Child Custody and Guardianship: under terms of Guardianship of Infants Act 1961, Courts directed to consider religious and customary practices of community, but best interests of ward are paramount consideration; regular court system has jurisdiction over all custody cases

Succession: estate of Muslim dying intestate to be divided according to Islamic law "as modified by Malay custom" although this appears to be relic from pre-Independence legislation as commentators note that there have been no cases of such modification in city-state of Singapore; Muslims may only dispose of property by will in accordance with particular school of law to which they are subject

Notable Cases

 

Law/Case Reporting System

Case reporting through Singapore Law Journal (formerly in Malayan Law Journal). Law reporting through Official Gazette.

International Conventions (with Relevant Reservations)

CEDAW – accession 1995, with reservations to Arts. 2, 16, 11(1), 29(1), and general declaration regarding Singaporean citizenship and nationality laws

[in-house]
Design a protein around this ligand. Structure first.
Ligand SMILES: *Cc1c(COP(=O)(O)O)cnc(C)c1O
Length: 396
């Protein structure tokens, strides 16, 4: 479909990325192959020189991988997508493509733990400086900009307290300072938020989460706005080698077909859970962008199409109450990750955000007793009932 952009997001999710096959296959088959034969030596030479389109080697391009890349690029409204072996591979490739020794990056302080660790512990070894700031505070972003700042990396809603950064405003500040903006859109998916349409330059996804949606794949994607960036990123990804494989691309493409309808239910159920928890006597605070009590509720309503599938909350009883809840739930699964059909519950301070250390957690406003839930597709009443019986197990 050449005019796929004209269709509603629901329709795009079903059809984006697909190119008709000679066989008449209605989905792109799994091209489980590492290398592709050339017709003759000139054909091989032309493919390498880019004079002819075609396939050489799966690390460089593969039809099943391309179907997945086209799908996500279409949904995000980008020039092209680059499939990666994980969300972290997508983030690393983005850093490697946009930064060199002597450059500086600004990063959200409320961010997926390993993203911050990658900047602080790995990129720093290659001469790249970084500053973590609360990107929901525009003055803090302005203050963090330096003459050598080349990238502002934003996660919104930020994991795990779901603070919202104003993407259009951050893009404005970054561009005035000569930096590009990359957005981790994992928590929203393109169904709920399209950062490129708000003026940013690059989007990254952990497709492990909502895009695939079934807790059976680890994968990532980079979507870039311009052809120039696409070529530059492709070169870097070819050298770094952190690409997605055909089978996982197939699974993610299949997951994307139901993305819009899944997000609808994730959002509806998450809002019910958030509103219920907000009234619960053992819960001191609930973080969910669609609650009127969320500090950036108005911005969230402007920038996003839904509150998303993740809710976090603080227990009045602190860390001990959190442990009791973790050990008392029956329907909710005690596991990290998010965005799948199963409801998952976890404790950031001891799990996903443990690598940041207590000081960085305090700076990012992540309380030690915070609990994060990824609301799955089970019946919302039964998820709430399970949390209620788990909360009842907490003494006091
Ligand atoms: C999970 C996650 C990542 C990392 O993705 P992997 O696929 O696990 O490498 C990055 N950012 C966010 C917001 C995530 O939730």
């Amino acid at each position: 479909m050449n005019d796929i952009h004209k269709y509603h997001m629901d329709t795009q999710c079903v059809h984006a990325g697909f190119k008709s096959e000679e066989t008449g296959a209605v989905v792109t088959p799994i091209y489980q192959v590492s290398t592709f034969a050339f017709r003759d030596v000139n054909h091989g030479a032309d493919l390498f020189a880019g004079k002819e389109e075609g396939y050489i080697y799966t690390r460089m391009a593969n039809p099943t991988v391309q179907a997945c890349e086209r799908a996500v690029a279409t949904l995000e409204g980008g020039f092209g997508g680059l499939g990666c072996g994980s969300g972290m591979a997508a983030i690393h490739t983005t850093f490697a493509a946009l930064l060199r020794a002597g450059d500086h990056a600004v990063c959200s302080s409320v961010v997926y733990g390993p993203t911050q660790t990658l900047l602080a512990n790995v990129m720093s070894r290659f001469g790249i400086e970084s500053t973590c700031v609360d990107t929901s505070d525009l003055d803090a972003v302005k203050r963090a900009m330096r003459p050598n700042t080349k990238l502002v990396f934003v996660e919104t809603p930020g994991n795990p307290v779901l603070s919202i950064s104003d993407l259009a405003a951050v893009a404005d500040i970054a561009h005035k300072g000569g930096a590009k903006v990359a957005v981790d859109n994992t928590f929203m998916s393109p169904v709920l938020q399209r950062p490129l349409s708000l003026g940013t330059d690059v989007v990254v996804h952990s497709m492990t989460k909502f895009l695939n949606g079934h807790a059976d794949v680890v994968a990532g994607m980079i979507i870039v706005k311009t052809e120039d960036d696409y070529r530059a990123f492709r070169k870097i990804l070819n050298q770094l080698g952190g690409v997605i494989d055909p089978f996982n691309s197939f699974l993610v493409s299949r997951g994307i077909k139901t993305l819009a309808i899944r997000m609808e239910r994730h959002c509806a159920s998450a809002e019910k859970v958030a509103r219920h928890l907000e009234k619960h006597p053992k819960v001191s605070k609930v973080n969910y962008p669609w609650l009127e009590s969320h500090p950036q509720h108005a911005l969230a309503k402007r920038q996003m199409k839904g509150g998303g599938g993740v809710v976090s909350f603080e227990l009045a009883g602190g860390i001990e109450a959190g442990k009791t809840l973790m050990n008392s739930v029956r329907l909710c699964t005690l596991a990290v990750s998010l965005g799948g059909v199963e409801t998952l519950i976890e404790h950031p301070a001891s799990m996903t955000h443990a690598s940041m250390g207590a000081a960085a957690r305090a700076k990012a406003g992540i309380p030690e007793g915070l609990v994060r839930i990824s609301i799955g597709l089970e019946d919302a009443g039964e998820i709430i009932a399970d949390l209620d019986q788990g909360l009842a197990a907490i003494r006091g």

CRC – accession 1995, with declarations regarding interpretation of Arts. 12, 17, 19, 28(1a) 32 & 37, and general declaration regarding Singaporean citizenship and nationality laws

Legal History: [See also: Legal System/History of Malaysia]

The legal system is based on English common law. The Port of Singapore was founded in 1819 on the advice of Sir Stamford Raffles, Lieutenant-Governor of Java and employee of the British East India Company. It became part of the British Straits Settlement (of Malacca and Penang) in 1826. Singapore had a small population of Malay fishermen; Chinese and Indian settlement began after British rule. The Straits Settlements Act 1866 established Straits as a colony separate from British India, to be administered directly from London. In 1946, Singapore became a separate Crown Colony and Penang and Malacca joined the Malayan Union, which achieved independence as the Federation of Malaya in 1957. Singapore gained independence in 1959, and joined Malaysia (with Malaya, Sarawak and North Borneo) in 1963, but it withdrew from the federation after two years and became an independent city-state.